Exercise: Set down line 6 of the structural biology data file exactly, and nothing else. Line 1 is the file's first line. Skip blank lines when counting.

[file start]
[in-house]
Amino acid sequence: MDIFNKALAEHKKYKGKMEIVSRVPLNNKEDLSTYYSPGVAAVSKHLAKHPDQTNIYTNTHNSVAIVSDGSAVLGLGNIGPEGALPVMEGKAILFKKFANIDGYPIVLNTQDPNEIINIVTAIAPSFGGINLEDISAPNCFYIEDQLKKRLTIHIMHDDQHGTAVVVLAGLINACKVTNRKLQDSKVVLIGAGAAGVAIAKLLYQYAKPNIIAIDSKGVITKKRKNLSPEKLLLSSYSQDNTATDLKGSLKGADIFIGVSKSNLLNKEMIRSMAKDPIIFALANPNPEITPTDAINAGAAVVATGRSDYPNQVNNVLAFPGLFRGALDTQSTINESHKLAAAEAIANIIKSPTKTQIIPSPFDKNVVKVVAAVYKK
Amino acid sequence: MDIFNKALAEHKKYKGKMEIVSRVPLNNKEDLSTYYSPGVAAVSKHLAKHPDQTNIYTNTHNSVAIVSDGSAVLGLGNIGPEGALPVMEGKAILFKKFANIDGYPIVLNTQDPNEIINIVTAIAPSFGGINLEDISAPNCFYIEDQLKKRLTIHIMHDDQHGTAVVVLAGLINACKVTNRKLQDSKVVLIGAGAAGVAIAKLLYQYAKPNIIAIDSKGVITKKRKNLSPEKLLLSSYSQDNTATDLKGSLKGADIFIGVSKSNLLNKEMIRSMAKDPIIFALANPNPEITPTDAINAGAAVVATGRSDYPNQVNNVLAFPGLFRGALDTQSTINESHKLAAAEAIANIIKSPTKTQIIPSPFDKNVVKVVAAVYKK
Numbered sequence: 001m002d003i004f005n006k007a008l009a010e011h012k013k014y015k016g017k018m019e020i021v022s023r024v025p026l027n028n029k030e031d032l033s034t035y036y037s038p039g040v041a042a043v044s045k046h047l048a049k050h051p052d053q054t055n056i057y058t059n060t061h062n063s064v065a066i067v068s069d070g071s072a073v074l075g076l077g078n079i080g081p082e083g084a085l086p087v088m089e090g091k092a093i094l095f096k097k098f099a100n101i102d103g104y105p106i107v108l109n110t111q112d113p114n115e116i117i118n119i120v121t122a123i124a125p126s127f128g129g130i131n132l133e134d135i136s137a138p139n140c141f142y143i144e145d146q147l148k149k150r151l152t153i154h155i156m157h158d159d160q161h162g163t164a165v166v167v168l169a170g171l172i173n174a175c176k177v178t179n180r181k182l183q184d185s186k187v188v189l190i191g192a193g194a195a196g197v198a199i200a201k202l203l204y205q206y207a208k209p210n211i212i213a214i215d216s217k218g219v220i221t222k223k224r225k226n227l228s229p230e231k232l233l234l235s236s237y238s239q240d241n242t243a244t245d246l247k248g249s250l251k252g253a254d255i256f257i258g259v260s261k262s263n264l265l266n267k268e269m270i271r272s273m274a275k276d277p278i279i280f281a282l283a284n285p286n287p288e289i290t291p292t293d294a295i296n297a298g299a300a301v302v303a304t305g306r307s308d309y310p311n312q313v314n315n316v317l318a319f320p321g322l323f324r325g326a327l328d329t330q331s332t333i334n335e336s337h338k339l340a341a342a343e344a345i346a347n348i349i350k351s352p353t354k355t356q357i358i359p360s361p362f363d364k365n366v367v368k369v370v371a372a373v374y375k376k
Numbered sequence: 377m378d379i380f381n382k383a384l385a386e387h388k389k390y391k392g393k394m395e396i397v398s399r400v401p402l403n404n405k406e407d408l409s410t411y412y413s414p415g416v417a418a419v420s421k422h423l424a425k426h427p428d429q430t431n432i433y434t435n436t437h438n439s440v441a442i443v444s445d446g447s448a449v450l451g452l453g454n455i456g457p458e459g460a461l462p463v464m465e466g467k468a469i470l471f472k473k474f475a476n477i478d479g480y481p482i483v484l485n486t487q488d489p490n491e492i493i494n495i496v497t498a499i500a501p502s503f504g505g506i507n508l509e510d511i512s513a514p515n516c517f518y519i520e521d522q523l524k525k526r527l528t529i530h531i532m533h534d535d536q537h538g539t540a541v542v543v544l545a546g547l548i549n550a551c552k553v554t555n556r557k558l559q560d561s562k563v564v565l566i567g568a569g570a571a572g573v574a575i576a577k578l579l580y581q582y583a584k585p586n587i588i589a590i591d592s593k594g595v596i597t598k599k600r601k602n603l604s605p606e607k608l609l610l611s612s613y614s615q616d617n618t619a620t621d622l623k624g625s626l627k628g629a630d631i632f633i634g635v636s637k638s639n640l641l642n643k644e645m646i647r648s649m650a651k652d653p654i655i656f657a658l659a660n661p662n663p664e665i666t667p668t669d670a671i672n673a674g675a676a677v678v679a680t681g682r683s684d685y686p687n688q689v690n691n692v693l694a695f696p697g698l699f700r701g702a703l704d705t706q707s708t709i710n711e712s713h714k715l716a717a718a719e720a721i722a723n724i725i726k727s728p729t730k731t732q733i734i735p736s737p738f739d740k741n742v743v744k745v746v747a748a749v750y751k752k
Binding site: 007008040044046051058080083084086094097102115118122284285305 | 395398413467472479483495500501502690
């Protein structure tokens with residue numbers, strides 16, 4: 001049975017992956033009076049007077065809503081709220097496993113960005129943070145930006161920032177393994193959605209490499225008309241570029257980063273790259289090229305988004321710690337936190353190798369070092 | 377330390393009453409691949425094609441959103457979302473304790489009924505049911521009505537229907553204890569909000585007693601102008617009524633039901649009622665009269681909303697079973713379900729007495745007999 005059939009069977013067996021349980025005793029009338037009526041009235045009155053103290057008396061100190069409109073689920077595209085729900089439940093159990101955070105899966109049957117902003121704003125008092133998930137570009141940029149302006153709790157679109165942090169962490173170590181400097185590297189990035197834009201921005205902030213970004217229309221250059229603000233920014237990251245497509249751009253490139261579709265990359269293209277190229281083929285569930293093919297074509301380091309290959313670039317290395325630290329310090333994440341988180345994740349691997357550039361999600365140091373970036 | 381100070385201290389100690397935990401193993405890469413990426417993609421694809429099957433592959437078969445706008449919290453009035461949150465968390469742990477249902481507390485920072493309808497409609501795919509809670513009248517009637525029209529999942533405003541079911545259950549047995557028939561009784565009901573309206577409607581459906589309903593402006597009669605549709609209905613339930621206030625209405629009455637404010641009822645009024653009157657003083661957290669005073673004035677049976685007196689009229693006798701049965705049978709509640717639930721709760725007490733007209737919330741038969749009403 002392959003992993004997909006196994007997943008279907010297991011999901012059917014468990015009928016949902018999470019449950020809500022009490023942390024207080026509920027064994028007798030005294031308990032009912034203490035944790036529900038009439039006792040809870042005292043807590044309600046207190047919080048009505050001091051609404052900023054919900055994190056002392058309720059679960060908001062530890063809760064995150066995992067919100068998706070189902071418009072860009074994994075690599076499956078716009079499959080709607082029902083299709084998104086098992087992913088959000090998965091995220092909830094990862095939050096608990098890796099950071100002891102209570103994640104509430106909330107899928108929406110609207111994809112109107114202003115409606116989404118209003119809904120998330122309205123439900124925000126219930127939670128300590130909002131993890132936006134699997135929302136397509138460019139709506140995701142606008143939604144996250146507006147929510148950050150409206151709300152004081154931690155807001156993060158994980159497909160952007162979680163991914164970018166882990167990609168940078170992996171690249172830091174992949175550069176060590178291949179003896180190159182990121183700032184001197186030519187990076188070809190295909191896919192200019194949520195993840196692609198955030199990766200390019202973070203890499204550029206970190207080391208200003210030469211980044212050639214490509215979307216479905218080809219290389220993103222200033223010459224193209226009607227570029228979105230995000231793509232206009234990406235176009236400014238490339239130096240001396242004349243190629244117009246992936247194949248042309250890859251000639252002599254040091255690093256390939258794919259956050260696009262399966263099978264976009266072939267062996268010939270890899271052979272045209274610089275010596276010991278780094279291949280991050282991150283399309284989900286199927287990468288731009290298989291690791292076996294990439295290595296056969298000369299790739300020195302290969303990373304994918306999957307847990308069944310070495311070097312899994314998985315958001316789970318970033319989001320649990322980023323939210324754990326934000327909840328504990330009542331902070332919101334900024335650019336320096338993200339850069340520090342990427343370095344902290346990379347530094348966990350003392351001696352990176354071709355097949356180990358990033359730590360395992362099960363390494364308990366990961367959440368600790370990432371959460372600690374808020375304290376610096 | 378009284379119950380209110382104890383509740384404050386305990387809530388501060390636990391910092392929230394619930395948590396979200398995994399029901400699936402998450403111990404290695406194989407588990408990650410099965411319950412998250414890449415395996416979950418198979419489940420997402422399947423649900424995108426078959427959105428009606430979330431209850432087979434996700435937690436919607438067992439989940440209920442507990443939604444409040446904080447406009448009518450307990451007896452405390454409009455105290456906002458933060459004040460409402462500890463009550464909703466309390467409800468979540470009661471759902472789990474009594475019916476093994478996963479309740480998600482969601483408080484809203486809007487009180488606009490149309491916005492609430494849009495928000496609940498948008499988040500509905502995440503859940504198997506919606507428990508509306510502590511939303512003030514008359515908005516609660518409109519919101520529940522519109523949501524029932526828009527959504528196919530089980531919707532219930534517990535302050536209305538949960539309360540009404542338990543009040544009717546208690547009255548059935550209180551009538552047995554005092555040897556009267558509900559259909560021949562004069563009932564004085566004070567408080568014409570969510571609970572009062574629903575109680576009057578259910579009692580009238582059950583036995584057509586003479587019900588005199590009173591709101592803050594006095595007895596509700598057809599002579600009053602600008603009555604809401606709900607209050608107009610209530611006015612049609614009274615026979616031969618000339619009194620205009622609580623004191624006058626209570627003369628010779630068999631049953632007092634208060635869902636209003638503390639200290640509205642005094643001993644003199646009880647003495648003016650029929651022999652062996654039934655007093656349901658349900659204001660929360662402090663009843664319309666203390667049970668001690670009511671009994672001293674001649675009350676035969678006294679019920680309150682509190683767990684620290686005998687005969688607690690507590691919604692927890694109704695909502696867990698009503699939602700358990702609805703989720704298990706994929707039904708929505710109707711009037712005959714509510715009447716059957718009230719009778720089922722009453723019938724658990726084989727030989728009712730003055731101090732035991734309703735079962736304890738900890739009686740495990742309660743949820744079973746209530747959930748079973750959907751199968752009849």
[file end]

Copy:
Binding site: 007008040044046051058080083084086094097102115118122284285305 | 395398413467472479483495500501502690